Projected stat line: 76.5 R, 27.5 HR, 91.9 RBI, 4.6 SB, .245 AVG value: 0.099 points above average
ADP (ESPN): 202.9

Soriano has become a forgotten man in fantasy circles. In a lot of ways, he deserves it. Let’s face it, he can’t stay healthy, he hasn’t hit for average since 2008, and he can’t steal bases anymore.

That’s a lot of negatives.

However, good owners tend to focus on what a player can do instead of what they can’t do, and what Soriano can still do is hit for power. With that, he’ll drive in a lot of runs from the five-hole and bat himself home enough times to have a reasonable run total.

The above line assumes over 600 plate appearances, which might be a little much to ask at this point. Either way, he’ll be a nice player to own until he goes down.

If he weren’t still “Alfonso Soriano,” he’d probably go higher on this list. Unfortunately, his name sounds like someone who used to be famous, so someone who already owns him might get a little sentimental. However, he’s still available on free agency in a lot of leagues, so see if you can get him.

8. Bryan LaHair
Projected stat line: 81.7 R, 27.5 HR, 95.3 RBI, 2.0 SB, .254 AVG value: 0.759 points above average
ADP (MockDraftCentral): 244.4

He’s a powerful hitter with big-time potential, and there aren’t many cleanup hitters out there that are so freely available. Sure, the Padres’ Jesus Guzman is available, but he’s not much with
the stick.

LaHair is a pretty serious sleeper due to his power potential, but a lot of fantasy players seem agree, so you might have some trouble prying him away depending on the owner. Give it a shot though, then be unapologetic about how cheap you got him this year. The above projection gives him a little leeway in the average department, which means he shouldn’t have too much trouble reaching these totals.

Make him a priority target in your league.

9. Lorenzo Cain
Projected stat line: 87.1 R, 10.0 HR, 67.8 RBI, 23.0 SB, .255 AVG value: 0.877 points below average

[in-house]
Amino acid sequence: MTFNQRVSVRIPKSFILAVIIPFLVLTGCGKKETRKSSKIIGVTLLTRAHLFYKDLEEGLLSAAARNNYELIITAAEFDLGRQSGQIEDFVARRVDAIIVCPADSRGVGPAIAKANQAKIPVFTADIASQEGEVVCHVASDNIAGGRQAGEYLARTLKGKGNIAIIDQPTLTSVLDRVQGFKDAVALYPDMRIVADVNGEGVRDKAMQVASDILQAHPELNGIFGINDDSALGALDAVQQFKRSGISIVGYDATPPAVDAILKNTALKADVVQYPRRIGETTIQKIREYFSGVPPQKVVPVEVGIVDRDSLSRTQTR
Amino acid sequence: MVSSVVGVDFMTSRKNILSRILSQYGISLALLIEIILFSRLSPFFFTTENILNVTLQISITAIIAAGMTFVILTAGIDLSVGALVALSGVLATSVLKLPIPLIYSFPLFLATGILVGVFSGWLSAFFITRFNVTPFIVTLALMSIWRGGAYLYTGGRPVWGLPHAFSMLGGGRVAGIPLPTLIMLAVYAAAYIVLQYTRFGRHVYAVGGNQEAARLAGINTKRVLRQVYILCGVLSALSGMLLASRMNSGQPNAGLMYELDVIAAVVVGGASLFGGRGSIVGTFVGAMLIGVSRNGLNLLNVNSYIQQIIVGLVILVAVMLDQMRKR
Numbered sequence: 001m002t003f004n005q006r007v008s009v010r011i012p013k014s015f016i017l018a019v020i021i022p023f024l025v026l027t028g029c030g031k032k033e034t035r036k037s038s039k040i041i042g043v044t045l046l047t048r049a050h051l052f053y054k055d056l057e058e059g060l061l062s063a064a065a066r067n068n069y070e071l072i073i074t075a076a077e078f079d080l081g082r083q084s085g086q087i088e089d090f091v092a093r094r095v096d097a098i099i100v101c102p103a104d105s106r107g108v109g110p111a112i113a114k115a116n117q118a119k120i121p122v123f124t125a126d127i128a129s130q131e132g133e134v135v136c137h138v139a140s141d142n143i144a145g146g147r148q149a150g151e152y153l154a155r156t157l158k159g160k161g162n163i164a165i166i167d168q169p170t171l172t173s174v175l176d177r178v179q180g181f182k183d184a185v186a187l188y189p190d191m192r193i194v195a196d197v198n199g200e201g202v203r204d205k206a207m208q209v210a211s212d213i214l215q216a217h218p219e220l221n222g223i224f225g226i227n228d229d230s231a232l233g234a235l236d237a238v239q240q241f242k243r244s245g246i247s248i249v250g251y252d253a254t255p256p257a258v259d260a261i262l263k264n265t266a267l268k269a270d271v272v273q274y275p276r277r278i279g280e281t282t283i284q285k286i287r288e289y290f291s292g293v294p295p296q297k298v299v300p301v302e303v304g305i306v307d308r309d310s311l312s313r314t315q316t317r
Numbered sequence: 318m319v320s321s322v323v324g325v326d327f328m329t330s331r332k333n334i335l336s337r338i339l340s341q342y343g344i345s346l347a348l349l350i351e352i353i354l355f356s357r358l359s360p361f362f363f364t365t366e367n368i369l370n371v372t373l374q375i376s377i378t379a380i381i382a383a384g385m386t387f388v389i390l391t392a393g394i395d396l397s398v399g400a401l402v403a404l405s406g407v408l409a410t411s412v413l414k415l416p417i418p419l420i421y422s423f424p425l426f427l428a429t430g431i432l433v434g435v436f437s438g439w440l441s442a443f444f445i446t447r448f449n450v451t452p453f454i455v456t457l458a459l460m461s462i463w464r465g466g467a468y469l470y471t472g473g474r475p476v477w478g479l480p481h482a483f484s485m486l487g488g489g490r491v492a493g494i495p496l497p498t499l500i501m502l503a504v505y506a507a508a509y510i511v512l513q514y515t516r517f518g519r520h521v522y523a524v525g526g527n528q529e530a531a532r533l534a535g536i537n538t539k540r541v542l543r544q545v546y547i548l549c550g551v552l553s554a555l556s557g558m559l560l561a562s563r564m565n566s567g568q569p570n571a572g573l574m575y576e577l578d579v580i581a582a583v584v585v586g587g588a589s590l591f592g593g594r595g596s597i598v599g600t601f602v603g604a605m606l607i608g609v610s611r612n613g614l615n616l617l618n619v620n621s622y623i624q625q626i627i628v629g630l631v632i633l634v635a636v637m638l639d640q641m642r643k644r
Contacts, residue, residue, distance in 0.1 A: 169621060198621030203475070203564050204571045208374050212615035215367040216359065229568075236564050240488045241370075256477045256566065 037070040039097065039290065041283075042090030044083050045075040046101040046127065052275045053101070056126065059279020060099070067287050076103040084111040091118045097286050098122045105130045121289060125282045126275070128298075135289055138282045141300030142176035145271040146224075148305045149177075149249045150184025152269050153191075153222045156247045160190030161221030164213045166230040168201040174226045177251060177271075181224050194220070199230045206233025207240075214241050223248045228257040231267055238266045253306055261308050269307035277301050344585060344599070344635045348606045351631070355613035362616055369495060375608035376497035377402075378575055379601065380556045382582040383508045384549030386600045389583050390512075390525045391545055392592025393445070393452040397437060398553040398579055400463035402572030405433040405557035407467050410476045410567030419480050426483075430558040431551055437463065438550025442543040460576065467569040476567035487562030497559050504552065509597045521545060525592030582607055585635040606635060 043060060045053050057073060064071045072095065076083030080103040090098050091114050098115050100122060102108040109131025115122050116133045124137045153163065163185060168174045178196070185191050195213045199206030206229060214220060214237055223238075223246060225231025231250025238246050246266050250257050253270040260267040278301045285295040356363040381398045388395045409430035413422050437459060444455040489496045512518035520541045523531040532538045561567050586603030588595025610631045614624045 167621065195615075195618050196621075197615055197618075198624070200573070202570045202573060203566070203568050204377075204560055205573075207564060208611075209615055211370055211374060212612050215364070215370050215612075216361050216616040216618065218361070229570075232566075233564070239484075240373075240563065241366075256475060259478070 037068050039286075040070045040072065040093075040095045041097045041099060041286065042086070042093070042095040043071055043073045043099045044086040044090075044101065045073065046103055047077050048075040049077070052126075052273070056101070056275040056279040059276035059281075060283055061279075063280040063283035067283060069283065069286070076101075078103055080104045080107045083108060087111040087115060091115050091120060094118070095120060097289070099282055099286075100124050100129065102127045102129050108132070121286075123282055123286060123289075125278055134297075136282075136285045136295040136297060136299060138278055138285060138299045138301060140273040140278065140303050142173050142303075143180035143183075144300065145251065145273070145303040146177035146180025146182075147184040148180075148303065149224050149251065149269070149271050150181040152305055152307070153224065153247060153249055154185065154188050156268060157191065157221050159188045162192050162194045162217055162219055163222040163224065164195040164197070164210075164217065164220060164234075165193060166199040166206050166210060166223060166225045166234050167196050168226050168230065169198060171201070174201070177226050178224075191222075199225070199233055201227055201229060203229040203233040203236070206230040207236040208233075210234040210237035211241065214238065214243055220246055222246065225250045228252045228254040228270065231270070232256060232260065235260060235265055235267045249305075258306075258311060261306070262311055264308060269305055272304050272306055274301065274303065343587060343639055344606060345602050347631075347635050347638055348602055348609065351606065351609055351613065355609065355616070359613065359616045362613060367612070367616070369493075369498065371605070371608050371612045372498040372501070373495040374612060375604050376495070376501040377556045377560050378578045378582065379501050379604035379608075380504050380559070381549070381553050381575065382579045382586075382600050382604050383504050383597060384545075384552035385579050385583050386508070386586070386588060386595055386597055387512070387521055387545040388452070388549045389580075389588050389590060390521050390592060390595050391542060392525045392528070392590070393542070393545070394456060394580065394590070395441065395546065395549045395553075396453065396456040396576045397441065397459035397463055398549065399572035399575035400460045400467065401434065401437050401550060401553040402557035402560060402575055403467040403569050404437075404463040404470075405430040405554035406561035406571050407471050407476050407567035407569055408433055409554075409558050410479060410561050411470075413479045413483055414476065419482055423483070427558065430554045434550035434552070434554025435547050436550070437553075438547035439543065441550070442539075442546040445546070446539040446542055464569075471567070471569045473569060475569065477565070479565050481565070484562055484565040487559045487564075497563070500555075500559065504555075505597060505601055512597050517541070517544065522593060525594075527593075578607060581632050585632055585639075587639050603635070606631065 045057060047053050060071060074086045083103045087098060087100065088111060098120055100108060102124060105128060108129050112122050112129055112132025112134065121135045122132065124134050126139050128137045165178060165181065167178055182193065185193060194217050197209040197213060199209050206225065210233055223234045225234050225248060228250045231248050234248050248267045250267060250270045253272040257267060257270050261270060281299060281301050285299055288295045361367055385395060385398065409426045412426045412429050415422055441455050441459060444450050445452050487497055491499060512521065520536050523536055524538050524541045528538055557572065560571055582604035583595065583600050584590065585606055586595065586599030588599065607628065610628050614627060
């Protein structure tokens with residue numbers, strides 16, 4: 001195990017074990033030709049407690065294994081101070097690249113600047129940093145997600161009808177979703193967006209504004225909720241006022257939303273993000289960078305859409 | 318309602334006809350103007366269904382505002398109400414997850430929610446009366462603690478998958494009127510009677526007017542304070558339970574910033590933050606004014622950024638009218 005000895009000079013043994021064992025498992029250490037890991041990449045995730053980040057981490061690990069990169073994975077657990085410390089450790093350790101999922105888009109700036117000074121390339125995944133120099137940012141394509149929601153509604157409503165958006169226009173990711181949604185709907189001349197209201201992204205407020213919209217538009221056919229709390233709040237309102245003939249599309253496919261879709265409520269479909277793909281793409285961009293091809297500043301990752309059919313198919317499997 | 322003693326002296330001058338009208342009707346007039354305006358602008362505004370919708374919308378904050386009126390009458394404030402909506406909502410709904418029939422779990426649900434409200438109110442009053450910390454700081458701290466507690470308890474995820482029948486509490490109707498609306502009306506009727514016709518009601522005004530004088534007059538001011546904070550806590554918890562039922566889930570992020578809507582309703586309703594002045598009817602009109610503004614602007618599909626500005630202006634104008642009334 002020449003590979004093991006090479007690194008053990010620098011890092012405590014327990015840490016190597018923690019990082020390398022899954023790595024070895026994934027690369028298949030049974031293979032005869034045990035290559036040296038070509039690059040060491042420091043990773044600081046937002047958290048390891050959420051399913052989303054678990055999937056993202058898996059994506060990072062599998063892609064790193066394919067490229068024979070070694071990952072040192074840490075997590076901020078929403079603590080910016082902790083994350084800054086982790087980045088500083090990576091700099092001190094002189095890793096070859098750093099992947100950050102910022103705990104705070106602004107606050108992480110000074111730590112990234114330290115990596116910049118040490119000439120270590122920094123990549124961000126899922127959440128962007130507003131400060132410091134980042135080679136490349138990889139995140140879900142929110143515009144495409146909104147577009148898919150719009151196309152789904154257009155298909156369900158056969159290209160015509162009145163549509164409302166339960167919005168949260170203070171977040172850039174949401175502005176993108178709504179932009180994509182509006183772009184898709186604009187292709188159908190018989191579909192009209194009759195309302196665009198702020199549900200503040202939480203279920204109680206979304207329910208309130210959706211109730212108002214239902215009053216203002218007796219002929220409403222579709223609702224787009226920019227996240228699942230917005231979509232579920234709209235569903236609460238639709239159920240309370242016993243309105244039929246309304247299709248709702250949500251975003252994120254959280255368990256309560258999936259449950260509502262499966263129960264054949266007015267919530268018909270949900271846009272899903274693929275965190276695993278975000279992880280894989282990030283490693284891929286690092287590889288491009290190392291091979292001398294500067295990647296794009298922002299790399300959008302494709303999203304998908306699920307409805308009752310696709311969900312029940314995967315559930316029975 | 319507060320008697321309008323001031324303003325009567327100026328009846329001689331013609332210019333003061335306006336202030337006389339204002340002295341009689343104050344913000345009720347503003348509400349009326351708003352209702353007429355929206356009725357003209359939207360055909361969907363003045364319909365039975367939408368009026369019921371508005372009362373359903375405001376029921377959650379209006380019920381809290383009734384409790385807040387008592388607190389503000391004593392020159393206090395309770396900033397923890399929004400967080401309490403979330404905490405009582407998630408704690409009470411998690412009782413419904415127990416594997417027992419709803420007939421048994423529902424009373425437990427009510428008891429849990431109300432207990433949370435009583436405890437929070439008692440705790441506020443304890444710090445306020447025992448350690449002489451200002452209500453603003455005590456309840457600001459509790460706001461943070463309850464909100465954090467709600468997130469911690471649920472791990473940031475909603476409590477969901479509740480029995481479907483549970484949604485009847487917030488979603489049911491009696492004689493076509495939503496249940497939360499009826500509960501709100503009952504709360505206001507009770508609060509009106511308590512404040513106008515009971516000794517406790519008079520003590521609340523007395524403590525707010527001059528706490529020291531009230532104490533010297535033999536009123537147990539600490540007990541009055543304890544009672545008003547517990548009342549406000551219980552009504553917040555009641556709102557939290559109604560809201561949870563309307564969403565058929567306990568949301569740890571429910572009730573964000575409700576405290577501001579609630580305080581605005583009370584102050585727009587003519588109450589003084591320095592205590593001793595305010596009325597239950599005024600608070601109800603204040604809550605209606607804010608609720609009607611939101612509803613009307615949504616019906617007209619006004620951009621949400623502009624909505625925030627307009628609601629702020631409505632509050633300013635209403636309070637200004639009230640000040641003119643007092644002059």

ADP (MockDraftCentral): 224.7

He’s got speed, can hit for a reasonable average, and is hitting for a ton of power this spring. Hitting in the two-hole, he’s also got the opportunity. Many owners already have him pegged as a sleeper, which will make him harder to acquire and bumps him down this list.

The above line, which is prorated for Steamer’s projection, leaves a little to be desired. However, for what his potential hints he could be, he’s worth a flyer, and could easily outperform the above.

10. Alex Rios
Projected stat line: 66.9 R, 17.2 HR, 69.8 RBI, 17.2 SB, .262 AVG value: -1.201 points below average
ADP (MockDraftCentral): 219.6

Rios is on this list more for what he’s done than for what I think he’ll do. You don’t need me to recount his story: He was spectacular in 2010 but fell flat on his face in 2011.

Perhaps the best news about Rios is that he’s currently slated to hit out of the six-hole, with third baseman Brent Morel slated to hit No. 2. Now, who do you think finishes the season as the ChiSox’ No. 2 hitter?

If the answer is Rios, he instantly becomes league average just from the extra plate appearances.

If he performs the way he has shown he is capable, he’ll be a world beater at this price. If not, well, you didn’t lose a whole lot. Love him for the potential, but be ready with a backup option.